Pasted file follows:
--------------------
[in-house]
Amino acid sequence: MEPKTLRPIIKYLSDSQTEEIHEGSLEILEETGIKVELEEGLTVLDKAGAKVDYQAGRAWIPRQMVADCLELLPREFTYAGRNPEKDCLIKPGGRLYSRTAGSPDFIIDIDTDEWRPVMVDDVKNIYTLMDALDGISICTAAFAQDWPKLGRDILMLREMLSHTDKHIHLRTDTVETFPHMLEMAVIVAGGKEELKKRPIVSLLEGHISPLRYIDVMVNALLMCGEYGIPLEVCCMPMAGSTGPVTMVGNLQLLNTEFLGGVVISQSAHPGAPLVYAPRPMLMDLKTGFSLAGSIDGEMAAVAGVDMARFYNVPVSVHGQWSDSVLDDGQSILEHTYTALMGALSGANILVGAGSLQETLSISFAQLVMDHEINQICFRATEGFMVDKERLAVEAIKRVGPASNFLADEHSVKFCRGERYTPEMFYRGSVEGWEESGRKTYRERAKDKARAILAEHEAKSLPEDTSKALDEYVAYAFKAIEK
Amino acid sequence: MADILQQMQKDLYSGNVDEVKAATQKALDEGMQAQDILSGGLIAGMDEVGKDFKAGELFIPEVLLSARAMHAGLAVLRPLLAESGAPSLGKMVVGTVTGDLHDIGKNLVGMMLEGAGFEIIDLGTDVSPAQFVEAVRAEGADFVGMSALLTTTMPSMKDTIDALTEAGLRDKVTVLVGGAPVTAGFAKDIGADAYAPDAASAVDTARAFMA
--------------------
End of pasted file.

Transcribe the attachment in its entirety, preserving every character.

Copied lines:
[in-house]
Amino acid sequence: MEPKTLRPIIKYLSDSQTEEIHEGSLEILEETGIKVELEEGLTVLDKAGAKVDYQAGRAWIPRQMVADCLELLPREFTYAGRNPEKDCLIKPGGRLYSRTAGSPDFIIDIDTDEWRPVMVDDVKNIYTLMDALDGISICTAAFAQDWPKLGRDILMLREMLSHTDKHIHLRTDTVETFPHMLEMAVIVAGGKEELKKRPIVSLLEGHISPLRYIDVMVNALLMCGEYGIPLEVCCMPMAGSTGPVTMVGNLQLLNTEFLGGVVISQSAHPGAPLVYAPRPMLMDLKTGFSLAGSIDGEMAAVAGVDMARFYNVPVSVHGQWSDSVLDDGQSILEHTYTALMGALSGANILVGAGSLQETLSISFAQLVMDHEINQICFRATEGFMVDKERLAVEAIKRVGPASNFLADEHSVKFCRGERYTPEMFYRGSVEGWEESGRKTYRERAKDKARAILAEHEAKSLPEDTSKALDEYVAYAFKAIEK
Amino acid sequence: MADILQQMQKDLYSGNVDEVKAATQKALDEGMQAQDILSGGLIAGMDEVGKDFKAGELFIPEVLLSARAMHAGLAVLRPLLAESGAPSLGKMVVGTVTGDLHDIGKNLVGMMLEGAGFEIIDLGTDVSPAQFVEAVRAEGADFVGMSALLTTTMPSMKDTIDALTEAGLRDKVTVLVGGAPVTAGFAKDIGADAYAPDAASAVDTARAFMA